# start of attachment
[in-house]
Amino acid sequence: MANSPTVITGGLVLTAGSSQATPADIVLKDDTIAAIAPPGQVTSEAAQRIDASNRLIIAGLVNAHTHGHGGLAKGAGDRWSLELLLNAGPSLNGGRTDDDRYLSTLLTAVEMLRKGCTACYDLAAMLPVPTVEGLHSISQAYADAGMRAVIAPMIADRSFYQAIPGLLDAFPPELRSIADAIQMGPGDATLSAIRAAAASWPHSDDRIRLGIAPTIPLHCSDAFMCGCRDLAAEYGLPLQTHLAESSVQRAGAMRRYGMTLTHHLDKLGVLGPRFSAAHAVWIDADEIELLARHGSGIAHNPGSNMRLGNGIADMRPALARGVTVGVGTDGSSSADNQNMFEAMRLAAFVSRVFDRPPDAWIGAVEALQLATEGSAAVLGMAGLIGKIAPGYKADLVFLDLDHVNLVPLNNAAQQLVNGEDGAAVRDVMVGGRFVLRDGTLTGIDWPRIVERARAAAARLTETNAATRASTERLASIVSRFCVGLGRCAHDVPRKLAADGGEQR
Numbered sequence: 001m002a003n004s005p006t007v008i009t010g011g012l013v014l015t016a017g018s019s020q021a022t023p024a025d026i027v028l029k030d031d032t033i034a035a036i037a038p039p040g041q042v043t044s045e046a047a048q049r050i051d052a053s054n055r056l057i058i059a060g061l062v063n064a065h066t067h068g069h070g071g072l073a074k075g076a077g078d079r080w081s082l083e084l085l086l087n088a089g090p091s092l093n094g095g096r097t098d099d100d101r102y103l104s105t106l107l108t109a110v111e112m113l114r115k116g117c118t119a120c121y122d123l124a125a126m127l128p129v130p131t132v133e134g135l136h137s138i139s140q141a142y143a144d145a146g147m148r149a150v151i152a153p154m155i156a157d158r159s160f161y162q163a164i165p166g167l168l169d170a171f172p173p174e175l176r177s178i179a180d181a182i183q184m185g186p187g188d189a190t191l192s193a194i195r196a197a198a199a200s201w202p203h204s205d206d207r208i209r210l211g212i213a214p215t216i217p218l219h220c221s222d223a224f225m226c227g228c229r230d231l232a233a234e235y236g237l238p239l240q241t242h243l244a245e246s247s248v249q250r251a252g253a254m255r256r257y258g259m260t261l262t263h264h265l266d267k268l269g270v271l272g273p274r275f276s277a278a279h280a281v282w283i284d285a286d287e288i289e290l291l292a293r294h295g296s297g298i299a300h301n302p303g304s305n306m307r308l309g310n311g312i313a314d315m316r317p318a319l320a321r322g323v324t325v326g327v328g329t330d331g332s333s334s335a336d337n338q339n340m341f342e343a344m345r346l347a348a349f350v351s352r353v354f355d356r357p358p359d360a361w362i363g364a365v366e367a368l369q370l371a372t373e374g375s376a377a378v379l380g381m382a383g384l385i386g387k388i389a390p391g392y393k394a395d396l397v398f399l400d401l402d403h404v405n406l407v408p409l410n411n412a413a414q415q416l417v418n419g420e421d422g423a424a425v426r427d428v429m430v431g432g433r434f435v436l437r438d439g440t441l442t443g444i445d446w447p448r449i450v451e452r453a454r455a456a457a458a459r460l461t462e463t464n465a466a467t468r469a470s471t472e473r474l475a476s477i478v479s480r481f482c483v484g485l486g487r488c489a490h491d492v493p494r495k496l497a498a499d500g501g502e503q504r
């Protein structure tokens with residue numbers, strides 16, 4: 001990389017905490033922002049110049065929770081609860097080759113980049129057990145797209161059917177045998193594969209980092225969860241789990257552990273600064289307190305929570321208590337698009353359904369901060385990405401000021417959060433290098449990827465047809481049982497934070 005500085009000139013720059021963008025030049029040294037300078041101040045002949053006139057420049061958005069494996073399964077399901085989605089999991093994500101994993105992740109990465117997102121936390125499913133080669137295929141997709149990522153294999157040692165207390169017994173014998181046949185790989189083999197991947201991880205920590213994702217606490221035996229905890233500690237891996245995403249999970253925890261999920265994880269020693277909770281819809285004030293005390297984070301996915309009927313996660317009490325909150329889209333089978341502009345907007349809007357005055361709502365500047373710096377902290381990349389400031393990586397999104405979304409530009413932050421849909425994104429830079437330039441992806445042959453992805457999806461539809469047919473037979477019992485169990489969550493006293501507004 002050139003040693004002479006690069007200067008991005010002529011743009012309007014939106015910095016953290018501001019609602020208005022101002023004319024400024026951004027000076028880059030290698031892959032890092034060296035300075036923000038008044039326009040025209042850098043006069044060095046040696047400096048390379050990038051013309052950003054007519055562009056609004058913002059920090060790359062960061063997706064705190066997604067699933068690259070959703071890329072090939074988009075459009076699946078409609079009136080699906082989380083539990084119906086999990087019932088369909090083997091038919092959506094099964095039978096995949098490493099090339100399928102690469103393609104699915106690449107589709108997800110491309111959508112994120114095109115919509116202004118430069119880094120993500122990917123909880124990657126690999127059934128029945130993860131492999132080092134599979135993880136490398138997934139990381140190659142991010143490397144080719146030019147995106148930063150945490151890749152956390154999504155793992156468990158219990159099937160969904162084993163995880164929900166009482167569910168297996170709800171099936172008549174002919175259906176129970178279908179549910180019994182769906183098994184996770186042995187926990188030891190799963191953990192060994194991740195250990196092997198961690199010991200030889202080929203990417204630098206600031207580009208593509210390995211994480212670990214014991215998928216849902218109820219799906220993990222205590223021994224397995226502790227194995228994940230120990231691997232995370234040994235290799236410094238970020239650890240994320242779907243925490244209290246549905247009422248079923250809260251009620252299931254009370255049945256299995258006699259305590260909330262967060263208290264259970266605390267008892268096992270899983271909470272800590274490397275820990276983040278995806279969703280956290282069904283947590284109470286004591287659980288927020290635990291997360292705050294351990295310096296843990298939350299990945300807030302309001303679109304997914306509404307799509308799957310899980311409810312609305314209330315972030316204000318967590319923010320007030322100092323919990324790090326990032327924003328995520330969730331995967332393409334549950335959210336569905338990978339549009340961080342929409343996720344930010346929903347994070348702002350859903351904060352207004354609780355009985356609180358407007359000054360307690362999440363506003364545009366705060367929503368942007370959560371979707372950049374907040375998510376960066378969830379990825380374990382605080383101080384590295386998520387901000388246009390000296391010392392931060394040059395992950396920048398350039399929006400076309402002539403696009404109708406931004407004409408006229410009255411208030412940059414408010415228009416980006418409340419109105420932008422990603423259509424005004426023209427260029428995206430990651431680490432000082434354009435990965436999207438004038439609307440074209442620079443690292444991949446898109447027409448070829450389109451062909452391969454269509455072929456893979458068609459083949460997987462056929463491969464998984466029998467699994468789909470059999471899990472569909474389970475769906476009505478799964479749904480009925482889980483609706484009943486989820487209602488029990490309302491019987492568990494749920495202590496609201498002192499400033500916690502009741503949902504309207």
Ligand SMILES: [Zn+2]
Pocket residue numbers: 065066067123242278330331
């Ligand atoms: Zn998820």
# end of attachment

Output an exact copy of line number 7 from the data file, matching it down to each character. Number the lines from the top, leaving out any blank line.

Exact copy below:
């Ligand atoms: Zn998820």